Bug 17100 - secure_getenv() does not seem to properly detect if an environment is secure
Summary: secure_getenv() does not seem to properly detect if an environment is secure
Status: NEW
Alias: None
Product: glibc
Classification: Unclassified
Component: libc (show other bugs)
Version: 2.19
: P2 normal
Target Milestone: ---
Assignee: Not yet assigned to anyone
URL:
Keywords:
Depends on:
Blocks:
 
Reported: 2014-06-29 03:16 UTC by Brent Cook
Modified: 2014-06-29 15:20 UTC (History)
2 users (show)

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Last reconfirmed:
fweimer: security-


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Description Brent Cook 2014-06-29 03:16:36 UTC
Until getauxval(AT_SECURE) was added, there did not appear to be a good way to detect if a process is running setuid/setgid or not. You can find various discussions about how to implement the BSD issetugid() function on Linux for reference.

Checks like (uid==euid||gid==egid) can fail in various ways, e.g. it cannot detect if a process has changed its uid/gid back, it is racy in multi-threaded contexts, among other issues. I think that future glibc versions should only use AT_SECURE, removing the getuid/geteuid check. If AT_SECURE is unavailable, just assume the worst.

<snip>
     case AT_SECURE:
   seen = -1;
   __libc_enable_secure = av->a_un.a_val;
   __libc_enable_secure_decided = 1;

<snip>
__libc_init_secure (void)
{
 if (__libc_enable_secure_decided == 0)
   __libc_enable_secure = (__geteuid () != __getuid ()
               || __getegid () != __getgid ());
}

<snip>
char *
__libc_secure_getenv (name)
    const char *name;
{
 return __libc_enable_secure ? NULL : getenv (name);
}
Comment 1 Andreas Schwab 2014-06-29 07:40:23 UTC
__libc_enable_secure is computed by the libc initializer before any application code is run.  No multi threading, no setuid/setgid calls.
Comment 2 joseph@codesourcery.com 2014-06-29 11:55:12 UTC
On Sun, 29 Jun 2014, busterb at gmail dot com wrote:

> contexts, among other issues. I think that future glibc versions should only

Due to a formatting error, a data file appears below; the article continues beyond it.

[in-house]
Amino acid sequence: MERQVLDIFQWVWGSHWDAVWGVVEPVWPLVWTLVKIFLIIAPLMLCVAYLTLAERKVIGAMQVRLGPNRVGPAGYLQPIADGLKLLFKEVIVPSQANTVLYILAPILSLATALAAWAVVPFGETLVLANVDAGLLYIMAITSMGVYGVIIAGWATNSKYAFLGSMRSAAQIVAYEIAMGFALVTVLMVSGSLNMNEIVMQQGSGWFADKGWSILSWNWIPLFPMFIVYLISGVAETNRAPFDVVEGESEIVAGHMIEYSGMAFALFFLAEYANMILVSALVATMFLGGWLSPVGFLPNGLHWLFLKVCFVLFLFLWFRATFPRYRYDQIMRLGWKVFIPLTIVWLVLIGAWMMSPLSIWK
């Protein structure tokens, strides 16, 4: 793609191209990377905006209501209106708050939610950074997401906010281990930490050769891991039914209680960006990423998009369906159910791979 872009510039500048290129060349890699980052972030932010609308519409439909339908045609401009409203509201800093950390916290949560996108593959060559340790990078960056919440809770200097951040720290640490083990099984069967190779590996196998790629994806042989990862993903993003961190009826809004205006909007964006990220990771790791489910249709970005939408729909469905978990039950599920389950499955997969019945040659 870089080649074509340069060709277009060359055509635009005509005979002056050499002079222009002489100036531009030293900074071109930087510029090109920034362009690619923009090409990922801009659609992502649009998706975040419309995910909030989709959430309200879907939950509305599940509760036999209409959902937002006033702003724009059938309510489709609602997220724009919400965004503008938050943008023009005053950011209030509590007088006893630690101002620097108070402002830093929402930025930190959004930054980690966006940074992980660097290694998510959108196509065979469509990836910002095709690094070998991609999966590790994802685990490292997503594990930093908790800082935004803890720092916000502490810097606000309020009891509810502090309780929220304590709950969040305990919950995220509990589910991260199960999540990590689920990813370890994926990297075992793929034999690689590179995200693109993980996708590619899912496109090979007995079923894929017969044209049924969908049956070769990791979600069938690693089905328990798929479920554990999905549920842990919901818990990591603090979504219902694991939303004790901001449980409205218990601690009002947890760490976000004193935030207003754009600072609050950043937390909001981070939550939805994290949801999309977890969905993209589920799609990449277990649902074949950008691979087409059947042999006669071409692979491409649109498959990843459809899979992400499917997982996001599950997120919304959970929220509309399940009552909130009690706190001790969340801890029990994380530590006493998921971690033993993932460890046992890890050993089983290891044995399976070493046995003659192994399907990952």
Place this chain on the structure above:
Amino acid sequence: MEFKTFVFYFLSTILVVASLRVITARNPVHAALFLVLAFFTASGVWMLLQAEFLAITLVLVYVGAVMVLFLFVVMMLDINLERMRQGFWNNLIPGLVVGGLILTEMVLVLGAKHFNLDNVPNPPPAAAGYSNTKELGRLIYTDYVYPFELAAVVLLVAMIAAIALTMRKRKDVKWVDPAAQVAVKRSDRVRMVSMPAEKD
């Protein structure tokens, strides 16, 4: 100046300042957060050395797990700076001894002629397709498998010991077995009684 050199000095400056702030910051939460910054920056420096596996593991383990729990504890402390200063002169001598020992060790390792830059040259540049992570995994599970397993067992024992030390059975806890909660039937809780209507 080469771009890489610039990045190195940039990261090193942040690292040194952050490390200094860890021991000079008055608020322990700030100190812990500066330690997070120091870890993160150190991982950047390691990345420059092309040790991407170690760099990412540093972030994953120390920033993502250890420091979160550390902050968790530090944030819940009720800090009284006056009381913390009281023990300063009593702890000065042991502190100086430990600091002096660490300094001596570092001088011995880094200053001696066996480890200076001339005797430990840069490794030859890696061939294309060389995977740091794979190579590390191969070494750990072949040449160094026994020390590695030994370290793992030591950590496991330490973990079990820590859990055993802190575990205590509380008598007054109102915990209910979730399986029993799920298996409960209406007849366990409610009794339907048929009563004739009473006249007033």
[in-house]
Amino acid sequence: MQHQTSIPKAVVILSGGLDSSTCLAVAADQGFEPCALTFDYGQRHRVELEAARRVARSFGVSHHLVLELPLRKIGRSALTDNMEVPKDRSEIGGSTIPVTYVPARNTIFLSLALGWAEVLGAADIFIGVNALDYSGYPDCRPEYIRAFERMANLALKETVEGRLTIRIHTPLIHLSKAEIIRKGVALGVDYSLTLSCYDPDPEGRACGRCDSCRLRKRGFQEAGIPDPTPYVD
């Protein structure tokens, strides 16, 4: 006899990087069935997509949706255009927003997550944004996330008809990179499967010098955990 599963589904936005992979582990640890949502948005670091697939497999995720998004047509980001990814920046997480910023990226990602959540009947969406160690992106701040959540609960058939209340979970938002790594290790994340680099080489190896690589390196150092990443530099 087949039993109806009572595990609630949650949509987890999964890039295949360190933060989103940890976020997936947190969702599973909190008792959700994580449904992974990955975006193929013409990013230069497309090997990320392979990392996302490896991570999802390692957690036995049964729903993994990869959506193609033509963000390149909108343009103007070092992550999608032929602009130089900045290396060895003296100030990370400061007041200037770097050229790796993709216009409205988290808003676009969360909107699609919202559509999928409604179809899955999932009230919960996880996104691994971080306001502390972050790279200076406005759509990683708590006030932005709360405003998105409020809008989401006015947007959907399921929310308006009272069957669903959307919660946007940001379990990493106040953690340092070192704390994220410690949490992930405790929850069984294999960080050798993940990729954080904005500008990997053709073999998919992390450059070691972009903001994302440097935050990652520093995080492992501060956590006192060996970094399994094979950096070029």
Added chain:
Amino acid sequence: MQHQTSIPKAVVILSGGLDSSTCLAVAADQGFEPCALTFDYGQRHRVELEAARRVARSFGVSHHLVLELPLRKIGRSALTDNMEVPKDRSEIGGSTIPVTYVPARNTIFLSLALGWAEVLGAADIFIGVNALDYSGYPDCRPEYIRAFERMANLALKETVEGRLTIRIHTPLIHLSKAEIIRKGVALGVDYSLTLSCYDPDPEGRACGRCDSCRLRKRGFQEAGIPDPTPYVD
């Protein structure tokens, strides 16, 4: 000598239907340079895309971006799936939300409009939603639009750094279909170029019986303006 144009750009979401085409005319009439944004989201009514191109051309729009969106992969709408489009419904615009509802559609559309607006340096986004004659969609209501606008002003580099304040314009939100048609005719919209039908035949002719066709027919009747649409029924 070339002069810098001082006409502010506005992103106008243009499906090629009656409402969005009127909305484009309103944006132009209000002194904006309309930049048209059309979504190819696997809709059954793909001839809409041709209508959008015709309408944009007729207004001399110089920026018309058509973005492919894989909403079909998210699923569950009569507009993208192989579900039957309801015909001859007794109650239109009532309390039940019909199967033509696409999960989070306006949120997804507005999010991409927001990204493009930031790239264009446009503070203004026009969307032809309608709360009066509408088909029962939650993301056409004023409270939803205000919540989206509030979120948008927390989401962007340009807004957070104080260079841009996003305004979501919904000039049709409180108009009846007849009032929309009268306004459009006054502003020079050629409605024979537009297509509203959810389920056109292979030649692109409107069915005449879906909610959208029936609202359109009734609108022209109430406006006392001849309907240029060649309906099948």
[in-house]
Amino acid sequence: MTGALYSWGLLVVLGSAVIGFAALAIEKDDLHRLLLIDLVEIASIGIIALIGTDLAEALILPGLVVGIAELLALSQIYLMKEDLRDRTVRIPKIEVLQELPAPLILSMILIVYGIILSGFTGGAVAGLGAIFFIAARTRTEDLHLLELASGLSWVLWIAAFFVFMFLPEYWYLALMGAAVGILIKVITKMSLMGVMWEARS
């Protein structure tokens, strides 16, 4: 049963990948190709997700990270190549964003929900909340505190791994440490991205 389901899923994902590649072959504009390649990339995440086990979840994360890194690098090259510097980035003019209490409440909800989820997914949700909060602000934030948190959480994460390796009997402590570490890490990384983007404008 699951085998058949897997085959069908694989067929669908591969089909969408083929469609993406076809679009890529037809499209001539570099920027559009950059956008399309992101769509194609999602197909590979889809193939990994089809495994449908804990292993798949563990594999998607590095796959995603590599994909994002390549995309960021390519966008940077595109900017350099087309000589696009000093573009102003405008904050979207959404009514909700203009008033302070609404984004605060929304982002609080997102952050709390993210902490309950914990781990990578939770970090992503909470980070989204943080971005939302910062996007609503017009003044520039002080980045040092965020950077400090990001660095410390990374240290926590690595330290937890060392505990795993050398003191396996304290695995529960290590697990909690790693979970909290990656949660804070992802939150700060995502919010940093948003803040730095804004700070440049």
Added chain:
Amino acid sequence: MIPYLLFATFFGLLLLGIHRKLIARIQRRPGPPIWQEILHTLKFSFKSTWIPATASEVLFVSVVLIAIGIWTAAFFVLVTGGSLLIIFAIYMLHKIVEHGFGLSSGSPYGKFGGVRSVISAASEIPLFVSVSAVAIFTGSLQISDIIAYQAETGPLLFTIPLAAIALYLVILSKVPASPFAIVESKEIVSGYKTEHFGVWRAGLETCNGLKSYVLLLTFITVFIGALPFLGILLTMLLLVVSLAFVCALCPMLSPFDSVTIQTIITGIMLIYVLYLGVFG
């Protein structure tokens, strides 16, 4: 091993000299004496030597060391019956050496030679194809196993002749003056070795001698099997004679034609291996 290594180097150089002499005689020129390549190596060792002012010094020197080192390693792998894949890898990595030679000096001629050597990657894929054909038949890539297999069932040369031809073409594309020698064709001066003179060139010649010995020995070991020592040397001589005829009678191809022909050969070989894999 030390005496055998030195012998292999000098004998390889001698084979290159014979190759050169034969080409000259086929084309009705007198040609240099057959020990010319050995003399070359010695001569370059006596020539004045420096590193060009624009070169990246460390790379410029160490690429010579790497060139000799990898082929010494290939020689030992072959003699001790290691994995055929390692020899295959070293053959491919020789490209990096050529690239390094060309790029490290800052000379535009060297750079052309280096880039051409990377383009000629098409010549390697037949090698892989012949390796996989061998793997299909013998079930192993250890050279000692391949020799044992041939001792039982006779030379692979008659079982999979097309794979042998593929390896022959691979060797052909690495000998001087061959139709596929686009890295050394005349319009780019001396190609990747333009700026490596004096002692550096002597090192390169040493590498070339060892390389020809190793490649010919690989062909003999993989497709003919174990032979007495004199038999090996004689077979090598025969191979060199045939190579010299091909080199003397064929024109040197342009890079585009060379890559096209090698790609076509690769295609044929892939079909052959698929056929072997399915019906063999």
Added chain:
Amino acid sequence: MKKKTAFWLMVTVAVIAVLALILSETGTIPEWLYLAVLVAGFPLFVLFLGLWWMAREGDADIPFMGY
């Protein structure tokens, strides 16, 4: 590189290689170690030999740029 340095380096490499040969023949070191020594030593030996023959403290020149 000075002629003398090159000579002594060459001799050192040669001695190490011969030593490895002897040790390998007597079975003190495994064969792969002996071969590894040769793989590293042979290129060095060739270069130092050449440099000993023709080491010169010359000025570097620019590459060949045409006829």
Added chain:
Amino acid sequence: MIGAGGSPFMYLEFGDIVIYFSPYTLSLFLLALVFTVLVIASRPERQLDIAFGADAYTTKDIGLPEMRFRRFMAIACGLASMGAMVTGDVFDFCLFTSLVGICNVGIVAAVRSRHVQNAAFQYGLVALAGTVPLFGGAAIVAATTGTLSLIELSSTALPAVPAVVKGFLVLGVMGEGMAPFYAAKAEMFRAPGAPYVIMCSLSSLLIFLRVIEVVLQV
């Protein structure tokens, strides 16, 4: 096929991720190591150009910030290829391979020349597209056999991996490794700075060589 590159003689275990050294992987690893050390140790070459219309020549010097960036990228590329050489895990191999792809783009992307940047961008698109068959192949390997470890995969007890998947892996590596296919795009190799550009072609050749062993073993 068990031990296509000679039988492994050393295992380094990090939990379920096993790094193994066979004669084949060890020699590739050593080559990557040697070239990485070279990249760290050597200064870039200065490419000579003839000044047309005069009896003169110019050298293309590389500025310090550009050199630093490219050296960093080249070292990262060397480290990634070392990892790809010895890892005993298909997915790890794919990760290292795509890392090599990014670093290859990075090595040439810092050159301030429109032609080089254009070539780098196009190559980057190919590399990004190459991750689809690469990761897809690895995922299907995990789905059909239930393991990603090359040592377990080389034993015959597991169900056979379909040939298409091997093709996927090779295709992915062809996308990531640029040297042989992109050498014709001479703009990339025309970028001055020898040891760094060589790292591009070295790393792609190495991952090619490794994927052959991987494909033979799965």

> use AT_SECURE, removing the getuid/geteuid check. If AT_SECURE is unavailable,
> just assume the worst.

AT_SECURE is always available, since we removed support for pre-2.6 
kernels.
Comment 3 Florian Weimer 2014-06-29 12:17:08 UTC
Should we add a check which aborts if AT_SECURE is not present?  Beyond that, there isn't anything libc can do here.
Comment 4 Brent Cook 2014-06-29 13:36:02 UTC
Thank you for the clarification.

Though AT_SECURE is available in all kernels that glibc supports, is there be any way for an adversary to cause the fallback case to be triggered through external means?

That there is a fallback case is a little misleading since it does not also perform the capabilities checks that the kernel does, so I don't think one would want it to inadvertently execute on any kernel that implements capabilities:

http://lxr.free-electrons.com/source/security/commoncap.c#L590
Comment 5 Florian Weimer 2014-06-29 13:52:28 UTC
(In reply to Brent Cook from comment #4)
> Though AT_SECURE is available in all kernels that glibc supports, is there
> be any way for an adversary to cause the fallback case to be triggered
> through external means?

No, the kernel prepares the aux vector as part of the execve implementation.  It is possible to invoke the new process through userspace emulation, supplying a bogus aux vector, but then, no privilege transition occurs, so there is no security impact.
Comment 6 Brent Cook 2014-06-29 14:04:16 UTC
So at worst, the fallback case is a vestigial tail?

It would seem to be ready for the chopping block if so.
Comment 7 joseph@codesourcery.com 2014-06-29 15:20:03 UTC
elf/enbl-secure.c is used on Hurd as well as Linux, but I suppose that 
part of the code ought to be disabled if HAVE_AUX_SECURE.